Many longtime North American Netflix subscribers will be faced with a price hike or a service reduction next month, part of a change to the price structure the company announced years ago.
And if Canadian Netflix subscribers are anything like their American cousins, most don’t know the change is coming.
Netflix raised the price for its HD service for new subscribers to $8.99 from $7.99 in 2014, and raised it again to $9.99 last year. But it “grandfathered” older subscribers, allowing them to retain their $7.99-a-month plan. As of next month, that ends.
Netflix told CBC News subscribers will be offered a choice: Keep your existing HD service at an increased price of $9.99 a month, or keep your existing $7.99-a-month plan, but for an SD service that can be accessed on only one device at a time.
According to analysts at UBS, the change will affect 37 per cent of Netflix subscribers in the U.S. And according to JPMorgan's research, 80 per cent of affected users don’t know the change is coming.
Many Canadian users of U.S. Netflix were greeted with messages like this after Netflix launched a crackdown on border-hopping. (Photo: Kaori Sasagawa)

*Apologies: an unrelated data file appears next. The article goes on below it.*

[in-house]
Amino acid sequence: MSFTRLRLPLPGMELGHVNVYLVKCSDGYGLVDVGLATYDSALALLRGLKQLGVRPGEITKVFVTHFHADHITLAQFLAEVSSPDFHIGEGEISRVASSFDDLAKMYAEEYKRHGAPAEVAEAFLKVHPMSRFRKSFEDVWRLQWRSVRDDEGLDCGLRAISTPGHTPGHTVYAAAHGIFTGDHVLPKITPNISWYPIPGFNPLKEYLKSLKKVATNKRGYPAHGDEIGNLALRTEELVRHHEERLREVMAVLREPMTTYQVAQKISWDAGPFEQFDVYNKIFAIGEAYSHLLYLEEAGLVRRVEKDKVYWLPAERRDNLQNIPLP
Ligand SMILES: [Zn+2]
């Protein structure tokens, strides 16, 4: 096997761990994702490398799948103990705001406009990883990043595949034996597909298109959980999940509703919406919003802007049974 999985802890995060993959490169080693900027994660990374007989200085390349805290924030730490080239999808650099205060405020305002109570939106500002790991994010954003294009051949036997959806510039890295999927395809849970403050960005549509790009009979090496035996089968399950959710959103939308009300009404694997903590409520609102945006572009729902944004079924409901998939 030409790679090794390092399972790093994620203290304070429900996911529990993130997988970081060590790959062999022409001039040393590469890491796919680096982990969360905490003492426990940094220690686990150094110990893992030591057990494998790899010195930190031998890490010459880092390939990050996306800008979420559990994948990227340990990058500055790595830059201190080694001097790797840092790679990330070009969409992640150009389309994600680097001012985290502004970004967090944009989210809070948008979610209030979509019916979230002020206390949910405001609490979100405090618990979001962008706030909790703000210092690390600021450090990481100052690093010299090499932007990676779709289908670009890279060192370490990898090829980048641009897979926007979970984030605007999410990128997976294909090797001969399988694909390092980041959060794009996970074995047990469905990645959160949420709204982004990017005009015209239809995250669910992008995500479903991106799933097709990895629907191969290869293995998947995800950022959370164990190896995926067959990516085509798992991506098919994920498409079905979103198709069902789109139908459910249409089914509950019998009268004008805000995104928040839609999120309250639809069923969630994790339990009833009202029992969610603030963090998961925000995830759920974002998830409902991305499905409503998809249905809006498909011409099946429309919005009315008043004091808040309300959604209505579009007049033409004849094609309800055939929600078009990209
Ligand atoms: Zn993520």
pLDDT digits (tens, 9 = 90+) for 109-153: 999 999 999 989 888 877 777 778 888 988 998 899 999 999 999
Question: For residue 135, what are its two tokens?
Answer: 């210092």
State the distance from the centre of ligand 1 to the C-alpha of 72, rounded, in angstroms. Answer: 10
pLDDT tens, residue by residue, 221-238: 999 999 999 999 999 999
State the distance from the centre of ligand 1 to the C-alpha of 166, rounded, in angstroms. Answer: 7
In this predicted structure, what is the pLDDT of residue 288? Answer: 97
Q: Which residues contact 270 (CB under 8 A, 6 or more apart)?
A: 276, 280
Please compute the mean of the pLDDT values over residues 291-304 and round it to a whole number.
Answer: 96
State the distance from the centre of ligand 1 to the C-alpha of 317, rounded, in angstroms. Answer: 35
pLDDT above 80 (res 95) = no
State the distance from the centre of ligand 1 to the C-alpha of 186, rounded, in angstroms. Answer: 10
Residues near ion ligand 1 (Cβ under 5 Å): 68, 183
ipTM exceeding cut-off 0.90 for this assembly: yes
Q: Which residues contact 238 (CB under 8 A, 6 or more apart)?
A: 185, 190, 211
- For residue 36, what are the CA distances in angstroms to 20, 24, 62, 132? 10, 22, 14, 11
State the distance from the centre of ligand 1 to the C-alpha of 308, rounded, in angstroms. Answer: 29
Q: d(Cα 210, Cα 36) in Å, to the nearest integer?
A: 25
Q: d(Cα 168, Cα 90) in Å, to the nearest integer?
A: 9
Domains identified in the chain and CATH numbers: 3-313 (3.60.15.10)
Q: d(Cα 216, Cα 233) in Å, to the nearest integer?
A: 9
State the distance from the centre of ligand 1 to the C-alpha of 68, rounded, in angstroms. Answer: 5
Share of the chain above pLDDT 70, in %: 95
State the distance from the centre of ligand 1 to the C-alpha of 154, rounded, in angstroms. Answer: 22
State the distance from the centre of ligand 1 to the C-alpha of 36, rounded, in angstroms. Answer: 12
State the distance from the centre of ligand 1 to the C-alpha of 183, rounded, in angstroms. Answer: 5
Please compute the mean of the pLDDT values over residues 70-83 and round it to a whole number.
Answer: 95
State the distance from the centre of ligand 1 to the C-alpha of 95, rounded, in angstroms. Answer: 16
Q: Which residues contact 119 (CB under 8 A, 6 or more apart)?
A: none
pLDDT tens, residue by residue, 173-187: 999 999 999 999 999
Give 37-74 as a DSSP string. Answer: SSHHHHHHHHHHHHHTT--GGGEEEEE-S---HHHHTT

Not the only bad news for Canadian Netflix users
The price hike comes as many Canadian Netflix users find themselves suddenly unable to border-hop to watch the streaming service’s U.S. selection. Netflix launched a crackdown on border-hopping earlier this year, and it appears to be having an effect.
Until recently, border-hoppers were able to use a VPN or SmartDNS service to trick Netflix into thinking they were in the U.S. Many of these service have become ineffective in recent months.
In Canada, Netflix is also facing pressure from two deep-pocketed competitors, Bell and Rogers, who launched CraveTV and Shomi, respectively, to compete with the streaming service.
With streaming options growing seemingly by the day, Canadians are cord-cutting faster than ever before. A new study from Convergence Consulting estimates more than one-quarter of Canadian households will have neither cable nor satellite TV by the end of this year, up from around 21 per cent two years ago.